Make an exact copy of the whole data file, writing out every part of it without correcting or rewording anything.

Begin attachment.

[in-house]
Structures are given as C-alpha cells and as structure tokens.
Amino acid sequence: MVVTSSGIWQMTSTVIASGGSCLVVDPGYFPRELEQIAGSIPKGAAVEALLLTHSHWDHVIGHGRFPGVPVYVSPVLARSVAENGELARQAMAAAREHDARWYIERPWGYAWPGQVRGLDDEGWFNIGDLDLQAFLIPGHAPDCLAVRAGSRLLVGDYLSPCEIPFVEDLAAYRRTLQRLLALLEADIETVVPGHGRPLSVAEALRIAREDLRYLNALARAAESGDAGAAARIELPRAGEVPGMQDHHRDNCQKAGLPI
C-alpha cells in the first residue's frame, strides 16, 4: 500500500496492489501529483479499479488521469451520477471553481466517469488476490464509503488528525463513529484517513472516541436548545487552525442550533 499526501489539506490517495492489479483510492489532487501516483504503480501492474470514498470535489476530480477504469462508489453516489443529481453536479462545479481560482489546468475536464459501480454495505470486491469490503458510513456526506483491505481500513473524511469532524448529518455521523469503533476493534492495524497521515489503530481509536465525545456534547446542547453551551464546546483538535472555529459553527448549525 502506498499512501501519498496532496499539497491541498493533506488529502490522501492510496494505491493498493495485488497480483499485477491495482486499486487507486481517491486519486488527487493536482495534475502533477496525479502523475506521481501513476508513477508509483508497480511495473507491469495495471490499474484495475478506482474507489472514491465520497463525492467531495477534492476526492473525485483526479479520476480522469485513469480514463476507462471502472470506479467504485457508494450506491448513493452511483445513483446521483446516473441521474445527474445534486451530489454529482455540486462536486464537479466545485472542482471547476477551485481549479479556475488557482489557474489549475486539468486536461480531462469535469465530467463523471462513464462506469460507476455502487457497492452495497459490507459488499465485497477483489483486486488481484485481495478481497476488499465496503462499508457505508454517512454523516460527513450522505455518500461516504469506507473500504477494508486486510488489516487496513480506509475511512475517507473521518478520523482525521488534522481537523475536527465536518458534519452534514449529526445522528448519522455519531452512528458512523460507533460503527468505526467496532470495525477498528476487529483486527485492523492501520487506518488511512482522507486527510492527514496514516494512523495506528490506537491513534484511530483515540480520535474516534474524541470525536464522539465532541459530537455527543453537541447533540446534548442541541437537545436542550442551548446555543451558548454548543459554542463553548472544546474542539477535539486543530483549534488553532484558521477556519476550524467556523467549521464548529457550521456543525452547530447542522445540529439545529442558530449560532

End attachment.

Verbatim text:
[in-house]
Structures are given as C-alpha cells and as structure tokens.
Amino acid sequence: MVVTSSGIWQMTSTVIASGGSCLVVDPGYFPRELEQIAGSIPKGAAVEALLLTHSHWDHVIGHGRFPGVPVYVSPVLARSVAENGELARQAMAAAREHDARWYIERPWGYAWPGQVRGLDDEGWFNIGDLDLQAFLIPGHAPDCLAVRAGSRLLVGDYLSPCEIPFVEDLAAYRRTLQRLLALLEADIETVVPGHGRPLSVAEALRIAREDLRYLNALARAAESGDAGAAARIELPRAGEVPGMQDHHRDNCQKAGLPI
C-alpha cells in the first residue's frame, strides 16, 4: 500500500496492489501529483479499479488521469451520477471553481466517469488476490464509503488528525463513529484517513472516541436548545487552525442550533 499526501489539506490517495492489479483510492489532487501516483504503480501492474470514498470535489476530480477504469462508489453516489443529481453536479462545479481560482489546468475536464459501480454495505470486491469490503458510513456526506483491505481500513473524511469532524448529518455521523469503533476493534492495524497521515489503530481509536465525545456534547446542547453551551464546546483538535472555529459553527448549525 502506498499512501501519498496532496499539497491541498493533506488529502490522501492510496494505491493498493495485488497480483499485477491495482486499486487507486481517491486519486488527487493536482495534475502533477496525479502523475506521481501513476508513477508509483508497480511495473507491469495495471490499474484495475478506482474507489472514491465520497463525492467531495477534492476526492473525485483526479479520476480522469485513469480514463476507462471502472470506479467504485457508494450506491448513493452511483445513483446521483446516473441521474445527474445534486451530489454529482455540486462536486464537479466545485472542482471547476477551485481549479479556475488557482489557474489549475486539468486536461480531462469535469465530467463523471462513464462506469460507476455502487457497492452495497459490507459488499465485497477483489483486486488481484485481495478481497476488499465496503462499508457505508454517512454523516460527513450522505455518500461516504469506507473500504477494508486486510488489516487496513480506509475511512475517507473521518478520523482525521488534522481537523475536527465536518458534519452534514449529526445522528448519522455519531452512528458512523460507533460503527468505526467496532470495525477498528476487529483486527485492523492501520487506518488511512482522507486527510492527514496514516494512523495506528490506537491513534484511530483515540480520535474516534474524541470525536464522539465532541459530537455527543453537541447533540446534548442541541437537545436542550442551548446555543451558548454548543459554542463553548472544546474542539477535539486543530483549534488553532484558521477556519476550524467556523467549521464548529457550521456543525452547530447542522445540529439545529442558530449560532